Thus Petersen concludes that the term arsenokoitai has nothing to do with gays on the one hand or prostitutes on the other. It refers to sexual activity between males who find it equally attractive and satisfying to have sexual relations with males as well as females. In antiquity the concept of sexual orientation was unknown. All "healthy" males were considered "naturally" attracted in both directions, says Petersen.

Such persons (most closely akin to those at the approximate mid-point on the Kinsey scale) would be classified today as bisexual or ambisexual. The Greek term would have little or nothing to do with what we today understand as homosexuality.

What is meant by "will not inherit the Kingdom of God?"

Paul warns his Corinthian readers that people who keep doing what these Greek words describe cannot hope to receive God's ultimate acceptance. Assuming that the two Greek words mean homosexuals, a literal interpretation of the text would compel us to affirm that gays are unacceptable to God. A terrifying prospect, to be sure! Of course one dare not stop there. What is said about the queers applies equally to thieves, the greedy, drunkards, revilers, and others (1. Corinthians 6:9–10). The list can be amplified even further if we draw on Paul's letter to the Galatians which contains a similar list of offenses (Galatians 5:19–21) which exclude the offenders listed there from God's eternal favour.

A literal interpretation of these texts would create serious theological difficulties since Paul asserts again and again that we are justified not by what we do or don't do, but only by trusting in Jesus Christ (Galatians 2:16; Romans 3:21–26 and elsewhere).

Furthermore, Paul acknowledges that although the Corinthians have been washed and justified and sanctified (6:11), nevertheless there is still a great deal of immorality to be found among them (5:1–6:20). Thus it is clear that Paul does not think of Christians as morally pure people.

The phrase "will not have a part in … " is found in almost identical contexts in rabbinic literature quite frequently. Judaism was accustomed to the phrase "people who do such and such shall not have a part in the world to come." The rabbis said this sort of thing as a way of warning people not to engage in certain activities. This was their way of saying emphatically, "Don't do such and such. God doesn't like it!" The rabbis did not mean to imply that God saves people by works, nor that God would not forgive certain deeds, but they did mean to say that there are things God frowns upon.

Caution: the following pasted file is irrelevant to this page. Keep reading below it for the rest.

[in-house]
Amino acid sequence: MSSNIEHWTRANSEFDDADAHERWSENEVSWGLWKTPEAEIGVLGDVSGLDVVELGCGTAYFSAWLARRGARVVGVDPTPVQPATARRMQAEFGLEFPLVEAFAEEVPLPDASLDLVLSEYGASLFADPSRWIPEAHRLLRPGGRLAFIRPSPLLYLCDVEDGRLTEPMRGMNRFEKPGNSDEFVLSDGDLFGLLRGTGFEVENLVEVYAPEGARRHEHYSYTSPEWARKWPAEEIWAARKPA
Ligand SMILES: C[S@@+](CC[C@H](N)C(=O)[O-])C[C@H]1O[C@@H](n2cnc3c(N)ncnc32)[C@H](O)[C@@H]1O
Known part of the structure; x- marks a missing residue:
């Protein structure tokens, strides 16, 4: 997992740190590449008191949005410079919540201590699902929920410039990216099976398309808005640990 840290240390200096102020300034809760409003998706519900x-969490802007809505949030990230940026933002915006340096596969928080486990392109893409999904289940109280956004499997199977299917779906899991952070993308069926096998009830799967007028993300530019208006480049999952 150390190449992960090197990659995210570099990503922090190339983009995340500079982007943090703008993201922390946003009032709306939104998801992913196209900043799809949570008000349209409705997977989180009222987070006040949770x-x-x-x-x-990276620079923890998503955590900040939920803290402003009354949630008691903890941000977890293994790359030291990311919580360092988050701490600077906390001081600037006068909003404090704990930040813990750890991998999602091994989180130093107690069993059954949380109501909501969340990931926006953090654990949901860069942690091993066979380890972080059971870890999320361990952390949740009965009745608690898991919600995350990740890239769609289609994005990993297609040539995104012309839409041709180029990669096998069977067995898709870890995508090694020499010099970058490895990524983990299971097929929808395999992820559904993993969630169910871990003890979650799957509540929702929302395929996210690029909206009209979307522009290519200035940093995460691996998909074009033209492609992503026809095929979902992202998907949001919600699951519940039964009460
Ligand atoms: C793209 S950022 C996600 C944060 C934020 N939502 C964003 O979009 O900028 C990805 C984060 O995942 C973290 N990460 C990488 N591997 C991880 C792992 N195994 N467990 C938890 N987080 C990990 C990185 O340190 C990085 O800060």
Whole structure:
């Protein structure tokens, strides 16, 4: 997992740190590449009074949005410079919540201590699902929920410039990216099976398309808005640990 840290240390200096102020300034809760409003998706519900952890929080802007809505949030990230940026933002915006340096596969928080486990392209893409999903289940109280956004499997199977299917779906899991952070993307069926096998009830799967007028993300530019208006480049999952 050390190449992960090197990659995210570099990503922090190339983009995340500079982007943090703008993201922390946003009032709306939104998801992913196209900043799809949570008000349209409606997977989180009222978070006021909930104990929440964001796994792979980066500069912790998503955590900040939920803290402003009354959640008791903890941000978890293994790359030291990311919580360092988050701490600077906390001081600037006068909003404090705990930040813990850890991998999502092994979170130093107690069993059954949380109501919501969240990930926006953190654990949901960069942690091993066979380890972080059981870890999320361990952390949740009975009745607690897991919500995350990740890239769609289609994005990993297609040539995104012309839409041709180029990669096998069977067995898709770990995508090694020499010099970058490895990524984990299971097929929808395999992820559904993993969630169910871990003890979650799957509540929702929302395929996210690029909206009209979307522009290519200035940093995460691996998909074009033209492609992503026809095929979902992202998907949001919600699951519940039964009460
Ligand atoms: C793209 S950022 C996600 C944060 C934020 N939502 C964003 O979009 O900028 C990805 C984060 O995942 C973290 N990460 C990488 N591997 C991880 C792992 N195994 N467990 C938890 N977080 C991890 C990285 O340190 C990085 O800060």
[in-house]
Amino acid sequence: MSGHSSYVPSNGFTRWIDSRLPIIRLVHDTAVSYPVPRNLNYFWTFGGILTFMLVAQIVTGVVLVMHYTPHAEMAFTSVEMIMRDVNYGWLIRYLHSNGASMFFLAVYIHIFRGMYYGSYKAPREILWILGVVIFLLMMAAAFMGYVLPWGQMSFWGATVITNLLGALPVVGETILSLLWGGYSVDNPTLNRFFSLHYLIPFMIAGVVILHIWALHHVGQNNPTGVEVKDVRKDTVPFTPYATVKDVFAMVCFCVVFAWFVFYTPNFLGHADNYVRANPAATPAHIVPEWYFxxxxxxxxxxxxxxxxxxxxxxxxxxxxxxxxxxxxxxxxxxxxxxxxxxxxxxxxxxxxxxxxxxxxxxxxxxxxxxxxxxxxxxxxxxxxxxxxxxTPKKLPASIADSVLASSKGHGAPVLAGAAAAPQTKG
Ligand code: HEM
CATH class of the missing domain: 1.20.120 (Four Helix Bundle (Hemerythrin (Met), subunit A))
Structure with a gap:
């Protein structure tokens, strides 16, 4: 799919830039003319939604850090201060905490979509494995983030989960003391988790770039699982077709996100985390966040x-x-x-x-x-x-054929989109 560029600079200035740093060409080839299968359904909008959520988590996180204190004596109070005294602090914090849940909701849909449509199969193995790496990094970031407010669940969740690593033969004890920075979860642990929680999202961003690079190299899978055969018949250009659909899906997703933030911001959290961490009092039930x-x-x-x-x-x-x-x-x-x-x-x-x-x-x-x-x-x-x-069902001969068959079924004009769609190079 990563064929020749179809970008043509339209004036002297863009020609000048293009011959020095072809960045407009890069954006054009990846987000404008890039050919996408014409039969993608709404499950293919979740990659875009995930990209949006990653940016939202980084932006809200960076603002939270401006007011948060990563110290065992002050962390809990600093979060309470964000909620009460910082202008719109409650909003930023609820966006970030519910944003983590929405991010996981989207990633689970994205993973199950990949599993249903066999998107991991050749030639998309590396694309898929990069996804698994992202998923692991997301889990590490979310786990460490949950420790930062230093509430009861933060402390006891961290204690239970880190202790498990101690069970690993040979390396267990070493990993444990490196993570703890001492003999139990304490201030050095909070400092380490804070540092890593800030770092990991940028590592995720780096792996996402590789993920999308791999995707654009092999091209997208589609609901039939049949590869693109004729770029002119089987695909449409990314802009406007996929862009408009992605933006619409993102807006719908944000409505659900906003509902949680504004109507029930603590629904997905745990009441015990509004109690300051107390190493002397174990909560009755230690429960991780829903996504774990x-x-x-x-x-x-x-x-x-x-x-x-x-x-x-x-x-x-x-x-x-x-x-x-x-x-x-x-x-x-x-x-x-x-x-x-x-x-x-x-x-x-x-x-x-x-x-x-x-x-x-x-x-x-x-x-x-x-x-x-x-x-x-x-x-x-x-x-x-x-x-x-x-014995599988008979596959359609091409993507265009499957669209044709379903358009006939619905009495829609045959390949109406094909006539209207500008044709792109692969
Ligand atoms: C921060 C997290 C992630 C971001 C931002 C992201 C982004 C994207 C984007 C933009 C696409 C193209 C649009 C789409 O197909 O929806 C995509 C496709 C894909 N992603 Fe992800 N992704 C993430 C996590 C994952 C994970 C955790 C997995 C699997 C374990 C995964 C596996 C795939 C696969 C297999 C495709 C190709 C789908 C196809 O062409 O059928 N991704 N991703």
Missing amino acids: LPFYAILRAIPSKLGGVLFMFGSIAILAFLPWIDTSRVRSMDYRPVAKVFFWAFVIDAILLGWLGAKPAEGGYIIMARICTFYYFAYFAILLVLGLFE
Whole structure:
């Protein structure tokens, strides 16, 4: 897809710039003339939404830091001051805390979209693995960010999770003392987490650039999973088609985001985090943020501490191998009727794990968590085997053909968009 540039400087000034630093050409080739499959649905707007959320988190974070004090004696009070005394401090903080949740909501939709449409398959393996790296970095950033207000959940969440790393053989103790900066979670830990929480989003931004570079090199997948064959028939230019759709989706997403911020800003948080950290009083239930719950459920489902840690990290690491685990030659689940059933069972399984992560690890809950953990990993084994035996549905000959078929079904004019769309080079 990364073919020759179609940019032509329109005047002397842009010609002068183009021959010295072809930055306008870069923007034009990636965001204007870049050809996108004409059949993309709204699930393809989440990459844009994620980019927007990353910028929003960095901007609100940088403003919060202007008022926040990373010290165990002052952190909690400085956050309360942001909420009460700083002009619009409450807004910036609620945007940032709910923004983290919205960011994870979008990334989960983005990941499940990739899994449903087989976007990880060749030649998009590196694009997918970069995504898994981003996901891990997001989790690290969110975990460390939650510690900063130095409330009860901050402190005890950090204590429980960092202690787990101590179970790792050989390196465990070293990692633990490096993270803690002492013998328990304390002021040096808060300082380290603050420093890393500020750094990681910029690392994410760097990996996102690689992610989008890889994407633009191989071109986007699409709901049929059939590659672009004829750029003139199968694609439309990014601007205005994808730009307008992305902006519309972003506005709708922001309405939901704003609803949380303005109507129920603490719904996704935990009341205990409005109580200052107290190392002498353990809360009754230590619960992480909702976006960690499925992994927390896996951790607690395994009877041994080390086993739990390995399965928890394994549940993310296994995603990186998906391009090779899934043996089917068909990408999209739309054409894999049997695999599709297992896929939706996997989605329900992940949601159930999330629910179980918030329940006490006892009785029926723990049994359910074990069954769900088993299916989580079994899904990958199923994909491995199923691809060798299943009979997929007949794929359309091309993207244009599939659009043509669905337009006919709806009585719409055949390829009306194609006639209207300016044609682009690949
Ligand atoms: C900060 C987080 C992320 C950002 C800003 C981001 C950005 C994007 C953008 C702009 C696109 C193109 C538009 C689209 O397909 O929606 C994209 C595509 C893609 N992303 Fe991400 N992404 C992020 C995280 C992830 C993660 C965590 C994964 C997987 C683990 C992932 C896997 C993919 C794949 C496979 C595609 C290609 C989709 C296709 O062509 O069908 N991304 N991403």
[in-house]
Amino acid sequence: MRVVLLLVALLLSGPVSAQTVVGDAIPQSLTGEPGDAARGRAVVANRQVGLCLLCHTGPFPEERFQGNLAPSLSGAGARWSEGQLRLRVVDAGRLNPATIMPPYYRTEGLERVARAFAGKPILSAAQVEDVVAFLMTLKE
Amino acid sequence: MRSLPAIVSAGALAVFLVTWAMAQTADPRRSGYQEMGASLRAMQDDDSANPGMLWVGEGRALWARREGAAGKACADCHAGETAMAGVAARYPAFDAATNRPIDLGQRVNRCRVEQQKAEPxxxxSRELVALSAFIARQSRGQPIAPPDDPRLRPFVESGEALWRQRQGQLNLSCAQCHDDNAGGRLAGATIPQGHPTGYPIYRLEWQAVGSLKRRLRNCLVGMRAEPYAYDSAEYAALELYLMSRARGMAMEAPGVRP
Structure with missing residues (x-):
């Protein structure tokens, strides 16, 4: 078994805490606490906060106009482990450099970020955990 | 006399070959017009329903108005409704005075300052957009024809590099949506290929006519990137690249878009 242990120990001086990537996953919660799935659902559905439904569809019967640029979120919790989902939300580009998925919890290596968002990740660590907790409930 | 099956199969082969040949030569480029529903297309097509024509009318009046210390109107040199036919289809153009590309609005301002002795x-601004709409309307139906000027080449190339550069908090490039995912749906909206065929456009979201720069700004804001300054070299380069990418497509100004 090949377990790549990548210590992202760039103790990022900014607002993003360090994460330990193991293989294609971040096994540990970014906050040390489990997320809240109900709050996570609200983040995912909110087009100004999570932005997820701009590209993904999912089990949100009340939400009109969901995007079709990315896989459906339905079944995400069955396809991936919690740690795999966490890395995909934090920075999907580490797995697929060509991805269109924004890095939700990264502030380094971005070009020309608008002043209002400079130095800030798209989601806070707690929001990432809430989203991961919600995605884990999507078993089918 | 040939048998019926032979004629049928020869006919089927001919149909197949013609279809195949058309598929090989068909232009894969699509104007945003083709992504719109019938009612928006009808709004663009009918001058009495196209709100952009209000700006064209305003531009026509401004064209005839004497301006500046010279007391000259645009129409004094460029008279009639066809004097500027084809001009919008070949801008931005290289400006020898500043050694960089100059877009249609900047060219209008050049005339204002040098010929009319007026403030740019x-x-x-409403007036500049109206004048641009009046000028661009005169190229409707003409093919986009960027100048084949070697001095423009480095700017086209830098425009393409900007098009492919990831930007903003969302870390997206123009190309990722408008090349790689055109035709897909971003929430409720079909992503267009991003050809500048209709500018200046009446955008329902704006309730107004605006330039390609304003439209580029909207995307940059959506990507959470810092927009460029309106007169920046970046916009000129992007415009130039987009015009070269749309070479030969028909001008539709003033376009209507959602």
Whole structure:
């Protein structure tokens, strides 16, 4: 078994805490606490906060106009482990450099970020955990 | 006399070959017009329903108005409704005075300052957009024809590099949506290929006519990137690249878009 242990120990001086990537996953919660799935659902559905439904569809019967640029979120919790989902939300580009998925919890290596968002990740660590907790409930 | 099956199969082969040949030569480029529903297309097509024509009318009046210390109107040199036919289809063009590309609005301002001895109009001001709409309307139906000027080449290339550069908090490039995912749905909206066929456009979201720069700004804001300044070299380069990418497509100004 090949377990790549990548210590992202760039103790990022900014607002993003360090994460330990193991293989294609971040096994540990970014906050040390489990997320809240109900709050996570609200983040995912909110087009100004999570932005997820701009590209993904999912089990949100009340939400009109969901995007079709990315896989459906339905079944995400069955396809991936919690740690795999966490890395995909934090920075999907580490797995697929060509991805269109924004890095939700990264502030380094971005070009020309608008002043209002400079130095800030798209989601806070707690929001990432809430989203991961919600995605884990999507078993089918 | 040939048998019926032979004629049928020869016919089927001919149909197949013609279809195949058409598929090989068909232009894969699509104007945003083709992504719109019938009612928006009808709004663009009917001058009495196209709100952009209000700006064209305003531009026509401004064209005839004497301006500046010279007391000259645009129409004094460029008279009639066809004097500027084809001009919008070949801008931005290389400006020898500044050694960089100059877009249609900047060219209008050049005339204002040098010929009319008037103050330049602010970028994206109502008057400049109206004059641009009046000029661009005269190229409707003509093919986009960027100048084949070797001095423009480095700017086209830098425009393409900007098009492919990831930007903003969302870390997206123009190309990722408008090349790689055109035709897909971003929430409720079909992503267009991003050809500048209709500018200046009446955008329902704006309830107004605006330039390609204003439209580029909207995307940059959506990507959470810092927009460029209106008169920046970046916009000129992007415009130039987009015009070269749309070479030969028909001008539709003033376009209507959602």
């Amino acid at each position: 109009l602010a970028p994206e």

Maybe we can deduce from this that when Paul says "the unrighteous will not inherit the kingdom of God" (1 Corinthians 6:9), he means to say no more (but also no less) than, "stop doing these things! God does not approve!"

Obviously, Paul insists that such behaviour should not be taken lightly. Such things are not in keeping with life in the Spirit.

Paul's words "and this is what some of you used to be" (1 Corinthians 6:11) indicate that people guilty of all sorts of things on the list can and did successfully change their behaviour. Some interpreters claim that according to Paul's own words, malakoi and arsenokoitai can and did change from their former way of life.

Even the most ardent promoter of homosexuality carefully distinguishes between homosexual orientation and homosexual behaviour, and agrees that the latter is subject to change. However the question is whether such a change is mandatory for Christians.

What Do You Think?

In 1 Corinthians 6:9–11 is Paul speaking about gays and lesbians at all? In what way can these verses apply to Christians who have committed themselves to each other in a same-sex relationship of genuine love?

Does 1 Corinthians indicate that in Paul's opinion gays and lesbians, drunkards and thieves can be justified? If so, does he specify how this happens? Does Paul regard malakoi and arsenokoitai as worse offenders than robbers and adulterers?

Why, do you think, are we expending such energy on exploring the meaning of malakoi and arsenokoitai while giving so little attention to such terms as "wrongdoers" and "greedy" which appear side by side with those two Greek terms?